There were a few parts of the books that weren't bad, but did leave me a little disappointed. Once Alex and Brittany recognized they liked each other it got a little cheesy and cliche for my taste. I tend to be a pretty cynical person so sometimes I didn't fully believe the character's motivations. Also Alex is in a gang but I didn't feel like there was enough gang violence. Gangs are really serious, and I can't help but feel there should have been more intimidating Alex into doing more bad things. I didn't feel like the gang was as in control of Alex as they should have been. And let me just say that I know this book is YA, but this is a romance people, I needed a little more in the sex scenes! Lots of good making out, not enough doing it.
The one thing that bumped this review down from a 4 star to a 3 star is the epilogue. I felt like the book had a good, concise ending until I read the epilogue. That took the book into ridiculously perfect happily ever after territory and I just couldn't take it seriously anymore.
Now don't get me wrong. I still really enjoyed this book, I just think it wasn't quite what I was expecting. So many people raved about it so I think I set myself up for failure. Perfect Chemistry is a great book for people looking for a forbidden love/Romeo and Juliet type story.(less)
The mermaid chair was the first book I read by Sue Monk Kidd, being attracted to her books after seeing the movie of The Secret Life of Bees. While I...moreThe mermaid chair was the first book I read by Sue Monk Kidd, being attracted to her books after seeing the movie of The Secret Life of Bees. While I really enjoyed the movie, my first step into her books was sadly disappointing.
I found the plot of The Mermaid Chair to have great themes, but poor execution. It's a story about how relationships can fizzle out after a while and the temptation to find that spark in someone new. It's also about how the sense of duty and propriety can prevent a person from choosing their own happiness. But at the same time The Mermaid Chair is also about how people can have a life changing experience with a person even though they only know them for a short while and that meaningful relationships don't have to happen over twenty years. I just didn't like how these themes were displayed. There is very little room for the reader to draw their own conclusions, for the author will spell out each and every (obvious) symbolic meaning.
The biggest problem was my inability to care about the characters. On one hand I can totally understand Jessie and the choices that she made, having been there myself, but in reading her thoughts all I could think was that she was selfish and shallow. I didn't feel any sense of empathy towards her and couldn't bring myself to understand why she felt the way she did about her husband. I also didn't believe her "love" with Whit. It was definitely more of a case of lust and using a lover to hide from depression than true romantic love.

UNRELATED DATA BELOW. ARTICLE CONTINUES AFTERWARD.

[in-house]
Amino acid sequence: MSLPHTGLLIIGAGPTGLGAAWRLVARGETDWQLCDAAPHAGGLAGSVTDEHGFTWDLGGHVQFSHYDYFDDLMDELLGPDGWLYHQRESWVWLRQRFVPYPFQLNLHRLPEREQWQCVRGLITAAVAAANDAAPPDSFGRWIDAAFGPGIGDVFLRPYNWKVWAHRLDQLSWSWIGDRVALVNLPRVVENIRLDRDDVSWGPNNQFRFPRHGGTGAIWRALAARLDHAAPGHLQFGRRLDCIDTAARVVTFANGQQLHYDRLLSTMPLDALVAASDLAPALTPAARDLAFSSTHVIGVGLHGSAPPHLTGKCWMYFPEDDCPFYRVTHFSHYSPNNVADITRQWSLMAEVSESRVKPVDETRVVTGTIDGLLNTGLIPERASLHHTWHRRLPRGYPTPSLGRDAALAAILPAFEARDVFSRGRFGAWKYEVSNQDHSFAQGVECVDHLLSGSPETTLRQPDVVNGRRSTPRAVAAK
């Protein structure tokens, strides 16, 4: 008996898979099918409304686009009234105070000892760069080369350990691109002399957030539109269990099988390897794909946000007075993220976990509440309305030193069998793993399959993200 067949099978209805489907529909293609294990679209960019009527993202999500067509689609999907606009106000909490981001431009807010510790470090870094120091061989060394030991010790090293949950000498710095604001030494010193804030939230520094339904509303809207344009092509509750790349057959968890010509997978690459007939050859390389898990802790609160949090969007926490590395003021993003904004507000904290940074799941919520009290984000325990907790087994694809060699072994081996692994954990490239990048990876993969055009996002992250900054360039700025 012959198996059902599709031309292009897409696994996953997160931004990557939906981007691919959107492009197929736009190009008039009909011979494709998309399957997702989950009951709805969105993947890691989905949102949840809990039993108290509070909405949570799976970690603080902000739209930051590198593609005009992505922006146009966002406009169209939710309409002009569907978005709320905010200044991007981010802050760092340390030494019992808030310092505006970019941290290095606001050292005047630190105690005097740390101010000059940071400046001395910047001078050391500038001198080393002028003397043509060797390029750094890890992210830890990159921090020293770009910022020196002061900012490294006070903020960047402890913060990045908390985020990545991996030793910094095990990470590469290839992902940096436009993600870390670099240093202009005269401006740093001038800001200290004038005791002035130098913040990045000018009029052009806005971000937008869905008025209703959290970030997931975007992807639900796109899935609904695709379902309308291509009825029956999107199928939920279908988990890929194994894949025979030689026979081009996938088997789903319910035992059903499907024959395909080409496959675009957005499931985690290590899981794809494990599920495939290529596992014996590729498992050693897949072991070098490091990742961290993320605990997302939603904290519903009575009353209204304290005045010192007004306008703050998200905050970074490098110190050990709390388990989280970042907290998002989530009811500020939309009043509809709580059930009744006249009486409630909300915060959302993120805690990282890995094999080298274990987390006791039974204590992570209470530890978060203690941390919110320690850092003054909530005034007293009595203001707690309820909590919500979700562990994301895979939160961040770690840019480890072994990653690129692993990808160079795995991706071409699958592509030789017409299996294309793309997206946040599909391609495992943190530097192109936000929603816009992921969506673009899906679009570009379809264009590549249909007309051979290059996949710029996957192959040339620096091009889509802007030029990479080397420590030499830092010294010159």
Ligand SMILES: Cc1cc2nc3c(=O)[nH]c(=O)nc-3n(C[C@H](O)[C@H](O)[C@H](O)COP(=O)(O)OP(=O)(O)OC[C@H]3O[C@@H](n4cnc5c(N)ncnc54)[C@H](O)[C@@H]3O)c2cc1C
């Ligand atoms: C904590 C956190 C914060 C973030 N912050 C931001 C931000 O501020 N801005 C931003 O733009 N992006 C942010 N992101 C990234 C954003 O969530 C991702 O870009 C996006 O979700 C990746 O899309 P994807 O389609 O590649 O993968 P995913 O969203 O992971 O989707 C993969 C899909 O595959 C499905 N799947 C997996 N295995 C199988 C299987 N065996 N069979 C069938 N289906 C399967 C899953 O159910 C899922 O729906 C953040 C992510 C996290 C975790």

(view spoiler)[I want to make it clear that I didn't mind the affair, I can actually completely understand why she did that and her emotions behind it. I just didn't like how it seemed like she was fooling herself by calling it love. I wish she has at least cared enough about her husband to let him go first. He seemed like a honest man and didn't deserve her betrayal. Why are we all so afraid to admit our unhappiness to the people we care about before we do something that will end up hurting them way more than just telling the truth? (hide spoiler)]
Whit was probably the best character. I could really identify with the choices he made in going to the monastery and his inner conflict trying to decide to stay or go, both from the monastery and his relationship with Jessie. I like the theme of taking that cave time to heal from something bad, but then also realizing when it is time to come out of the cave and begin to create a new path in life. The religious aspects and events that can totally shake the foundation of your faith and make you question everything you've always believed to be true was very interesting and well handled.
Overall I really liked the themes in The Mermaid Chair, and some of the setting and imagery was very nice, but the deliverance of the themes in general fell flat and unemotional. ["br"]>["br"]>["br"]>["br"]>["br"]>["br"]>["br"]>["br"]>["br"]>["br"]>(less)